Educational objectives are specific statements that detail what a participant can expect to learn from an educational activity. For most CME activities, these statements describe knowledge, skill, and attitude changes that should occur upon successful completion of activity.
How many objectives do I need?
The number of objectives for the program should be sufficient to accomplish the intended purpose of the activity. Aim for 2-3 objectives per hour of content. If you have only 1 objective or more than 3 per hour, review your objectives and content. Are you trying to do too much? Are you trying to do too little?
Focus on the Audience
Objectives should fit the content and the audience. For example, a review lecture on the basic anatomy of a heart may not be appropriate for cardiac surgeons. Focus on more in- depth information or only pertinent information regarding the anatomy that is required to move forward.
What makes an objective?
A good objective is specific, measurable, and answers the following: WHO is going to do WHAT by WHEN? The WHAT portion should begin with a measurable verb. This means it must be able to be completed and be verified. (See the chart below for strong, measurable verbs.)
At the conclusion of this activity (WHEN), the participant (WHO) will be able to list 3 of 10 common diagnosis of children at Cincinnati Children’s (WHAT). To be even more specific, add HOW.
At the conclusion of this activity (WHEN), the participant (WHO) will be able to list 3 of 10 common diagnosis of children at Cincinnati Children’s (WHAT) from memory (HOW).
At the conclusion of this activity (WHEN), the participant (WHO) will be able to program an Alaris pump (WHAT) through the assistance of the user guide provided (HOW)
Decide what you want your learner to accomplish and which category it falls under – Knowledge, Skill, or Attitude, and look at the appropriate chart. Click for Knowledge, Skill or Attitude verbs.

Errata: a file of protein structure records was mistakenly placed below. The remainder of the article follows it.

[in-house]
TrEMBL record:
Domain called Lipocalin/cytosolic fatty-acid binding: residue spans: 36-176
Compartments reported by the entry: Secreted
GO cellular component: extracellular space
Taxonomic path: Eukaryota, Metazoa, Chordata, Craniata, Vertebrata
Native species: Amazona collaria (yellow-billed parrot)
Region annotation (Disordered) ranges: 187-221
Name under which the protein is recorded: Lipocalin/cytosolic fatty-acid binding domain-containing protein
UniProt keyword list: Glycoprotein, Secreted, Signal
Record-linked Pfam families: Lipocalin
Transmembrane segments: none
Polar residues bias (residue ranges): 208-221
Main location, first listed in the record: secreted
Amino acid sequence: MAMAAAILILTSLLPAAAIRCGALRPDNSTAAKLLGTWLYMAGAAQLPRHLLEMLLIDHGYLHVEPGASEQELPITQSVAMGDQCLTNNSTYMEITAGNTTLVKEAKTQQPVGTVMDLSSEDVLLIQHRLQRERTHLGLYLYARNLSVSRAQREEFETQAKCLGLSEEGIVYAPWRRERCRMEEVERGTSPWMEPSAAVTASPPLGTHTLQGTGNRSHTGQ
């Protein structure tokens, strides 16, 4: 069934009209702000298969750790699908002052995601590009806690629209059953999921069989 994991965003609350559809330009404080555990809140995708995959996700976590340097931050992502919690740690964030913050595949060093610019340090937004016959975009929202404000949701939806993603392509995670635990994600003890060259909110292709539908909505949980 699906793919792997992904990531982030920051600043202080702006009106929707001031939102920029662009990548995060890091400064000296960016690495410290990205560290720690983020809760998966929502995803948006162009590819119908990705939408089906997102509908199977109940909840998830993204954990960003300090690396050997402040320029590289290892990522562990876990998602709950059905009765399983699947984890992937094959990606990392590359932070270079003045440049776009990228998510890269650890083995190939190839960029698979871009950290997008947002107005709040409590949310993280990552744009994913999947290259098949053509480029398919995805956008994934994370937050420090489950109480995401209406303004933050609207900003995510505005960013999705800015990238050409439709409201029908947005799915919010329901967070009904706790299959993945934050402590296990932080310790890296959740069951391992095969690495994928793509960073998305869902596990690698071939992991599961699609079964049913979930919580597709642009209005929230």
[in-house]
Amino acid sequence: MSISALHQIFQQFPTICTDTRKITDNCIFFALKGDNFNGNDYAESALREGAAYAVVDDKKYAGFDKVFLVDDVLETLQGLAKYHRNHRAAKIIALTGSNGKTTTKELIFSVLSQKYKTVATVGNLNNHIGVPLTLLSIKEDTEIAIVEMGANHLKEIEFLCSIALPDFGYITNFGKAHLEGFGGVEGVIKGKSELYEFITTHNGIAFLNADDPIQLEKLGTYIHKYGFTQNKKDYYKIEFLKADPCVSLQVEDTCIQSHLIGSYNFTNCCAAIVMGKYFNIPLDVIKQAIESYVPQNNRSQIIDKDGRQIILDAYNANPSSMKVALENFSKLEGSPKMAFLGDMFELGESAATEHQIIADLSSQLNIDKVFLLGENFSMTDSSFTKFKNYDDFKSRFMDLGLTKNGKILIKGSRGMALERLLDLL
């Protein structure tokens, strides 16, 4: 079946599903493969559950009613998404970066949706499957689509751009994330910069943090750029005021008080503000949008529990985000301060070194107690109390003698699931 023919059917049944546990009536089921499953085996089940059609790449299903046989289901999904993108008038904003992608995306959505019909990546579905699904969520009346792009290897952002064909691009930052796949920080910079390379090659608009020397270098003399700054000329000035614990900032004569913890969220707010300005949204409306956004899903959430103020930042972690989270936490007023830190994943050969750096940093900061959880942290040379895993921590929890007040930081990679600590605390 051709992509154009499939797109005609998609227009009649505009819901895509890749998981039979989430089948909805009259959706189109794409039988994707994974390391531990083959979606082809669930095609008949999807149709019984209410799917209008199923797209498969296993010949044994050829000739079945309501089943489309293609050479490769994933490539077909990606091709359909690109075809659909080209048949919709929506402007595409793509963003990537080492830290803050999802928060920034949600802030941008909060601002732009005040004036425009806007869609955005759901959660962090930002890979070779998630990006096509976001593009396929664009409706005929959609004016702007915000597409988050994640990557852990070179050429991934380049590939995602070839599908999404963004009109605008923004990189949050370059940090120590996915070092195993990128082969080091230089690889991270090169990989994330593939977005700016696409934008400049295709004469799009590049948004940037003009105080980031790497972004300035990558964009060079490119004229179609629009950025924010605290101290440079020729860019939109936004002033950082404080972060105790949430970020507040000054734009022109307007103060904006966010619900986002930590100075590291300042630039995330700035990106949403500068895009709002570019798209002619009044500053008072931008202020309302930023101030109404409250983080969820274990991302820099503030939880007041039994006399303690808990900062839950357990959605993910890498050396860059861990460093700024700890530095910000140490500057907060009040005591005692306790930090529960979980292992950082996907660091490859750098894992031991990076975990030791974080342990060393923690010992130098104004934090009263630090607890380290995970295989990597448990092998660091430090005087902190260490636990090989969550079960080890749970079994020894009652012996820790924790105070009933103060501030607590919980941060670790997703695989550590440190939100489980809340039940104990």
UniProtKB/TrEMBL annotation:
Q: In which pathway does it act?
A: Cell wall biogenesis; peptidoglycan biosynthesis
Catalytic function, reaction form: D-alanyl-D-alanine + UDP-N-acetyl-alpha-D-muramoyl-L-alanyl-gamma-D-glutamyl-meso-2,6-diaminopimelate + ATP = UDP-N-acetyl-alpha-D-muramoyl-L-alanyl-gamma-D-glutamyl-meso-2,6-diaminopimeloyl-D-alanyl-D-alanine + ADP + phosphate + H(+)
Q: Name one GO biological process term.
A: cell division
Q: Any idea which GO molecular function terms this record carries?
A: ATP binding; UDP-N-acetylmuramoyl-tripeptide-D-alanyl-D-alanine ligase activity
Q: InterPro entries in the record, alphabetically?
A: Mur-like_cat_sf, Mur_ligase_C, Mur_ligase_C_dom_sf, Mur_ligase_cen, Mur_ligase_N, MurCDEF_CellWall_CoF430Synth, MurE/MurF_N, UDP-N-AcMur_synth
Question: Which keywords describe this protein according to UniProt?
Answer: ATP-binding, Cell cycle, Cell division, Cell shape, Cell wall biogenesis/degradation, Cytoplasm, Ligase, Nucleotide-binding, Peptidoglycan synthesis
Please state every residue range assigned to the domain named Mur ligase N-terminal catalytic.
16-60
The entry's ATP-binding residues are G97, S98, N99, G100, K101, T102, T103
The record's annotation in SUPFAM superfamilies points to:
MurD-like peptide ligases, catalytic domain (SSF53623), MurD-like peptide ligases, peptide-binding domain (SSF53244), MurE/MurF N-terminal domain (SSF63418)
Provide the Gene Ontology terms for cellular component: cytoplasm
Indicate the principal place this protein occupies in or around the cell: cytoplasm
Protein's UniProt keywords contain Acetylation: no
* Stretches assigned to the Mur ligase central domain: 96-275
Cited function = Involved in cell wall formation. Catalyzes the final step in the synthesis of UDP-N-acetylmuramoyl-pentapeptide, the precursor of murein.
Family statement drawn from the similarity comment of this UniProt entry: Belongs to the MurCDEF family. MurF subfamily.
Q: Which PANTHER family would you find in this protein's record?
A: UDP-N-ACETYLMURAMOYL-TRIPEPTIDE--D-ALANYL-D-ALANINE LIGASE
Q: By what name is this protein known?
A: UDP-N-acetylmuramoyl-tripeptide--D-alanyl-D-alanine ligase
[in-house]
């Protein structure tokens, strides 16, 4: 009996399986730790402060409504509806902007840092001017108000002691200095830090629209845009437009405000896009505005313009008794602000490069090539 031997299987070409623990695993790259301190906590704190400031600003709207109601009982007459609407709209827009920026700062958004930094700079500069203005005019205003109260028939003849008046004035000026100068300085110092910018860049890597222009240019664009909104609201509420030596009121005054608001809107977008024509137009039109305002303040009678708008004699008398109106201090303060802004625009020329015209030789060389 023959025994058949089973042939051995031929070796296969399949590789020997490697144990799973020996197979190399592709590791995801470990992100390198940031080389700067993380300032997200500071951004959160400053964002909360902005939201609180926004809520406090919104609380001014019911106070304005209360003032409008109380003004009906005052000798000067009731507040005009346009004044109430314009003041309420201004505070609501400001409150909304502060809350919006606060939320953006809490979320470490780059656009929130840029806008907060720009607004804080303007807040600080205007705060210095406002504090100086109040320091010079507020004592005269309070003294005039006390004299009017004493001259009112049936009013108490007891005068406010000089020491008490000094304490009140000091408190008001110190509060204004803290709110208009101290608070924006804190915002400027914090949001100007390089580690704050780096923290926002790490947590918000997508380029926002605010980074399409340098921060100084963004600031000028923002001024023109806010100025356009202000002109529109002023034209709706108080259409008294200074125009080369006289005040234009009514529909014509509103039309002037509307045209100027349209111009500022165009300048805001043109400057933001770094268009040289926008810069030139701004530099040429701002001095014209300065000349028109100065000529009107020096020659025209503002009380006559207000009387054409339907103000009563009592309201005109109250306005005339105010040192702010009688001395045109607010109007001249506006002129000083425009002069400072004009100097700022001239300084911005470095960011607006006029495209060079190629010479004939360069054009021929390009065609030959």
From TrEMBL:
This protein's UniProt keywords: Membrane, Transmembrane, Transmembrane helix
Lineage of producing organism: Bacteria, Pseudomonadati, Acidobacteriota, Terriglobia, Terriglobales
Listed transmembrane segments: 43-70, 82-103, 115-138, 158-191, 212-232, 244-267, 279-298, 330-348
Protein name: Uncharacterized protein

Knowledge Verb Chart
Knowledge is the most widely used category. As the chart moves left to right, the level of knowledge needed to perform a task increases.
|Name||Give example||Present||Structure||Transform||Make judgments on basis of given criteria|
|Order||Illustrate||Produce||Examine information to identify motives or causes, make inferences, determine relationships or draw conclusions||Apply prior knowledge and skills to produce something new|
|Reproduce||Restate||Use previously learned information in new situations|
|State||Discover the meaning of information|
|Retrieve learned information|
Common problems with objectives
- Problem: Beginning with a poor verb (i.e. understand, learn) that is too generic and hard to
- Solution: Think about what participants should be able to do with the Should they be able to recite? Utilize? Discriminate? Reconstruct? Use the verb charts to choose a more accurate verb.
- Problem: Objective is from the wrong point of view – the
- Solution: Remember, the objective is for the learner to know what they can expect to Begin your objectives with the phrase “At the conclusion of this activity, the participant will be able to” to help you keep the learner in mind.
Verbs or phrases to avoid
|Acknowledge||Appreciate||Be aware of…||Be conscious of…||Believe|
Skill verbs describe the ability of a participant to perform at task or follow a procedure.
Attitude objectives describe the feelings, values, and attitudes of they learner. These objectives are the most difficult to measure. It is difficult to measure internal thoughts and feelings of participants. Please consider if this is the most appropriate verb for your objectives and presentation before using an attitude verb. Also, please make any attitude objectives as measurable as possible.